The course has been useful to understanding many concepts of economic growth. I have been learning new things from the first day to the last.
The key ideas that will be takeaways are:
The PDIA approach to tackling growth challenges. We often think of one-size-fits-all but in this concept, we learnt tailor-made solutions for every problem. Identifying the binding constraint among others.
The idea of breaking down the big problem to smaller problems in a fish bone. Identifying who you need on board in tackling each small problem.
The concept of inclusion among regions and distribution in development in tackling economic growth problems.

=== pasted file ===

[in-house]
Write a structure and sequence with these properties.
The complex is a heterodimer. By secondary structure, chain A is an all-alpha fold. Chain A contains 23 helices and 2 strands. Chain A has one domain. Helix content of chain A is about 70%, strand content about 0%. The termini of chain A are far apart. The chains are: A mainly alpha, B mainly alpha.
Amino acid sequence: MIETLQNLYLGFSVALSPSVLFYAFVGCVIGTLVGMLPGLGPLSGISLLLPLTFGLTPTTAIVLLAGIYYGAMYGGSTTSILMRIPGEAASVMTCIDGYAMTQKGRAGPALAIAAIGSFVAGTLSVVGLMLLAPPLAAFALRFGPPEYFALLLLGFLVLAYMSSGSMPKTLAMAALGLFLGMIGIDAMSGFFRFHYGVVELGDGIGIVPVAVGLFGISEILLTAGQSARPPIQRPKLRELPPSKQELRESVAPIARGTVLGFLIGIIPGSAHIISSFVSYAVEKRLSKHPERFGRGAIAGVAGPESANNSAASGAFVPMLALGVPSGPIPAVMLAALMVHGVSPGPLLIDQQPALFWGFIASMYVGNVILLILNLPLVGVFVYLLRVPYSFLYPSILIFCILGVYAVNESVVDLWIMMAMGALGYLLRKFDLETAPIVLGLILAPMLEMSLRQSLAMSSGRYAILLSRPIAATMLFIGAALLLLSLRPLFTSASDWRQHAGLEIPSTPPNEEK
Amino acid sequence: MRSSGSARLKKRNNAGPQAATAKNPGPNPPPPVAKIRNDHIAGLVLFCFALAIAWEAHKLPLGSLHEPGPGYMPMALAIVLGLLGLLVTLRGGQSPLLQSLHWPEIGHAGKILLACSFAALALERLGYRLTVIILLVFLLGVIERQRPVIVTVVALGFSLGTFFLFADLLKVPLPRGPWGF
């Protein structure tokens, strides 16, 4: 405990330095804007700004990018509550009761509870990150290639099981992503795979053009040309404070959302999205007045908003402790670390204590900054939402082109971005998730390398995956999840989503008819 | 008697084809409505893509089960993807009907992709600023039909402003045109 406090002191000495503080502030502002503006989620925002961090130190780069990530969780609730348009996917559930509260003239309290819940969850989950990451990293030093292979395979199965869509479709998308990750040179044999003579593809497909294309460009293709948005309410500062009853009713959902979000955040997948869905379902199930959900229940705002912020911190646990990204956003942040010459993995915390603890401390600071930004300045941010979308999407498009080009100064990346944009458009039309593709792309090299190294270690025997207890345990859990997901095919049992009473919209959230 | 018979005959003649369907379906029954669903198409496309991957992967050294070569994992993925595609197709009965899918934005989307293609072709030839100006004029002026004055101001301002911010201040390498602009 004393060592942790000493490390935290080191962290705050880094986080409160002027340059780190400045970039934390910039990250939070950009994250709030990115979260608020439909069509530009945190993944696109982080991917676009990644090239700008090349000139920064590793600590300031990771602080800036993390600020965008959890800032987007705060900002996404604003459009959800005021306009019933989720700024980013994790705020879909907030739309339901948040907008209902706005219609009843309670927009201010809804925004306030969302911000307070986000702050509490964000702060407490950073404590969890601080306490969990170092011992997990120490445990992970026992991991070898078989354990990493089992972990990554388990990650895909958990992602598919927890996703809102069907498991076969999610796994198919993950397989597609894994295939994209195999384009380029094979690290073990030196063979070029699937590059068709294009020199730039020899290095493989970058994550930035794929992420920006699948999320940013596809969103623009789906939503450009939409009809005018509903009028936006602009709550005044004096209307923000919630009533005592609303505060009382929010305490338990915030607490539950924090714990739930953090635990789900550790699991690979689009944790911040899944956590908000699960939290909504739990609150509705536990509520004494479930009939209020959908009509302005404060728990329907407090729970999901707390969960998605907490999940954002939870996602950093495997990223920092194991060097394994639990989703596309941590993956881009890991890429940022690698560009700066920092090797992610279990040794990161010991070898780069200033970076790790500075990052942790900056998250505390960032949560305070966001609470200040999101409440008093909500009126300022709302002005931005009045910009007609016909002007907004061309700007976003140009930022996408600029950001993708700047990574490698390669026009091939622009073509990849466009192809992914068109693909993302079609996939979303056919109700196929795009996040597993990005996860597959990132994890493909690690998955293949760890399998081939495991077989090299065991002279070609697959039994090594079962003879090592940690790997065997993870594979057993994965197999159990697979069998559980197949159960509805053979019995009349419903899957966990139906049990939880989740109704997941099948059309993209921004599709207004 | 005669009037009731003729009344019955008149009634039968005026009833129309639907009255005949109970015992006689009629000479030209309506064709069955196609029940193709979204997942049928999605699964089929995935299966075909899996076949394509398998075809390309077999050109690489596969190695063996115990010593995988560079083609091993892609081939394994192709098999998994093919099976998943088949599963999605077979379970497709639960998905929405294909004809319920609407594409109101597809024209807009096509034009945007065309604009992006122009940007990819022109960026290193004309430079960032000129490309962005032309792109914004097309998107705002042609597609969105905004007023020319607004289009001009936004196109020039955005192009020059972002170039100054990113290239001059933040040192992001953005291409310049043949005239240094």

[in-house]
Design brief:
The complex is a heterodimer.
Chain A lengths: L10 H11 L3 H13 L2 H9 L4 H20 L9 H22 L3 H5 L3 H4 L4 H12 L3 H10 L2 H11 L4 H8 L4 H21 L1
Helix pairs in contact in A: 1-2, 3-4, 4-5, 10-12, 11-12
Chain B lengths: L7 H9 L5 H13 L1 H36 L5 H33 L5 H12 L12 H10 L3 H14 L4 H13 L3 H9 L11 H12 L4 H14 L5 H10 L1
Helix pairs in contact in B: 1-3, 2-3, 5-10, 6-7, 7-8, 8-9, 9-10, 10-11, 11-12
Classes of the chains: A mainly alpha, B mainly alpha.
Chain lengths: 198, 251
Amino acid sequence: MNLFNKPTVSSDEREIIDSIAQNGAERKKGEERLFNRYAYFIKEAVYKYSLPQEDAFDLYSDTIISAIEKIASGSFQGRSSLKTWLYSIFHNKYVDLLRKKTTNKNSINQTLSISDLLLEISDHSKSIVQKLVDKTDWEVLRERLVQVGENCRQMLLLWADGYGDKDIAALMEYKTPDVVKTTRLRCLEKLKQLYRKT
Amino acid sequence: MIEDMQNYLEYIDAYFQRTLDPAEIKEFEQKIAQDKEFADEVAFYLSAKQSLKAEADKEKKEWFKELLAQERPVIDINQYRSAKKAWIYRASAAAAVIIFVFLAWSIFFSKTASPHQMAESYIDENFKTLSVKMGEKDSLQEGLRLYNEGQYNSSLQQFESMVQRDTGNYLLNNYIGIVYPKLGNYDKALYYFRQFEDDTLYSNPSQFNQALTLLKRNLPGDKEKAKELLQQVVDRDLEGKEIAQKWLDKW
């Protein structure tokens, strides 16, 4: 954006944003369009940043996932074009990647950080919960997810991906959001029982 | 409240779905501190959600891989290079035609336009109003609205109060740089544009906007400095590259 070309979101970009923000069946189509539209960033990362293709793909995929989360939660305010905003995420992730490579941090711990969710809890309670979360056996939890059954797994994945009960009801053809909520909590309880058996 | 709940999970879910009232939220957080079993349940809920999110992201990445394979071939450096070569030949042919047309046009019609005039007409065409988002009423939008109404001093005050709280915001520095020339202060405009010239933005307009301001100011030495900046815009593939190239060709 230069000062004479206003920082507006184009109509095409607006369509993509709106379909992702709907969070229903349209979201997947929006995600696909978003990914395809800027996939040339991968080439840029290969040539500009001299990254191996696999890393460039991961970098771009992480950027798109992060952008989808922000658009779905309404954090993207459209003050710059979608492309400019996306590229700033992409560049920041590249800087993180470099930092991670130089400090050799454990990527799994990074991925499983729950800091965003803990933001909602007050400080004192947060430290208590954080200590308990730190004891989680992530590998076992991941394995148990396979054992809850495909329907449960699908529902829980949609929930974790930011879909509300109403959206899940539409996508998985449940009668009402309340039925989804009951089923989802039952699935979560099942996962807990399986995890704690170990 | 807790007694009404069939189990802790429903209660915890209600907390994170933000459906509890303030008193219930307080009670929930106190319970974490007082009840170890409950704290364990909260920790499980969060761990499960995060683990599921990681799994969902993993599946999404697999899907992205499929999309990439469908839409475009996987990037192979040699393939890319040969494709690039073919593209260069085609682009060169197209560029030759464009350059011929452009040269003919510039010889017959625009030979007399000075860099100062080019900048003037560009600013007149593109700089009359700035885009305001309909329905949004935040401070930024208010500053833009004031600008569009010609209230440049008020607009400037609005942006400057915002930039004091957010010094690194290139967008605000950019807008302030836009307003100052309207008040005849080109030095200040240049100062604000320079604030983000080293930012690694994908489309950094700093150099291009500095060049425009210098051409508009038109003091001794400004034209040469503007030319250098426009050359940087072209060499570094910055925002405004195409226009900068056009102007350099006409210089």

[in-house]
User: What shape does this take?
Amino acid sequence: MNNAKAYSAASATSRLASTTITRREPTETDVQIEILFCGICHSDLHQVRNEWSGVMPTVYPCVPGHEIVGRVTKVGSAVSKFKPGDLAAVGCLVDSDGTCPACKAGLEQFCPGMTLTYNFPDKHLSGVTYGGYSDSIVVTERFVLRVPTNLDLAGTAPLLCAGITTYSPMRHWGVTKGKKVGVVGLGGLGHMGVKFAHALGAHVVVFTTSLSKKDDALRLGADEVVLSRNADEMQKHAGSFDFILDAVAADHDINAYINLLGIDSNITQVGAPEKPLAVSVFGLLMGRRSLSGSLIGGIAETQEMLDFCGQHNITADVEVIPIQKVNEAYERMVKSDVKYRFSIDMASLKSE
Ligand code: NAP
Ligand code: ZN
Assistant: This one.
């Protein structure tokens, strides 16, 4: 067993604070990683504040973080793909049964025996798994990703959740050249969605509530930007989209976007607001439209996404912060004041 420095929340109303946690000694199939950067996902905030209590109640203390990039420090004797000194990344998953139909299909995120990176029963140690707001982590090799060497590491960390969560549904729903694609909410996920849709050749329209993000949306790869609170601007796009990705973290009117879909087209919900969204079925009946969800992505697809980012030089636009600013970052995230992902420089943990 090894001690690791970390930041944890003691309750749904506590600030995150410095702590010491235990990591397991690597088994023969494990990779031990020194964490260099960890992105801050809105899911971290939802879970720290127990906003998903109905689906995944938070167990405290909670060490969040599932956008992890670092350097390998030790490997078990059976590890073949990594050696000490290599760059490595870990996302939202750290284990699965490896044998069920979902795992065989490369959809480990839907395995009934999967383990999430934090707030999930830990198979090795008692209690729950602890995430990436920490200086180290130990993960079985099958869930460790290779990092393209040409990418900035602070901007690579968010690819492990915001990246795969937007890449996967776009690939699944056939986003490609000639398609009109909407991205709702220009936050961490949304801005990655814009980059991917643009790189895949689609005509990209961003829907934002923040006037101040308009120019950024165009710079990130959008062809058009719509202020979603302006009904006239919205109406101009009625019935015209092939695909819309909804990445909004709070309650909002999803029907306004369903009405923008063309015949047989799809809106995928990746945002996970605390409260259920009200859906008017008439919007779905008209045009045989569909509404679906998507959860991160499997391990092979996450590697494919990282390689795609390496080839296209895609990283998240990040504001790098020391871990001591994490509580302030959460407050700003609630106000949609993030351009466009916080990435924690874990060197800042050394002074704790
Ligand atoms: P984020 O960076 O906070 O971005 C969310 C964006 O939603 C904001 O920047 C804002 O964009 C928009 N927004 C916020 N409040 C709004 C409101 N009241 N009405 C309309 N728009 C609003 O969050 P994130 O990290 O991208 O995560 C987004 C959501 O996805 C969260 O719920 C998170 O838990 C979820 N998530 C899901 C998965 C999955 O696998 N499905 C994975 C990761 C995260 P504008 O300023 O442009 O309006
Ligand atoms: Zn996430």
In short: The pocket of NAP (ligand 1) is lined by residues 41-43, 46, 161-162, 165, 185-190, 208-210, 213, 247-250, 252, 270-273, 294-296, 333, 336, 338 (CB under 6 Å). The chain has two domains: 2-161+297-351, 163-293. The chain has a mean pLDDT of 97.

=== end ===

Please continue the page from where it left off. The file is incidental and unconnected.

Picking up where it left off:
The energy sector in Honduras has a history of inefficiency. Financial and energy losses have festered for decades. Various reforms and interventions (often supported by external agents, like this World Bank project) have not solved the problem.
In November 2018 a new unit in the President’s Office helped to mobilize a team of officials to take a fresh look at the problem and address it using the PDIA method—where the focus is on working relentlessly to understand the problem in new ways and to then tackle the problem in a pragmatic, step-by-step manner.
The team initially identified that their problem was to come up with a rapid strategy to liberalize the nation’s energy company. This was largely because an externally inspired law had set the country on a path towards liberalization years ago and officials were wanting to make progress on this path. They believed that the liberalization solution in other countries would solve the problems in Honduras.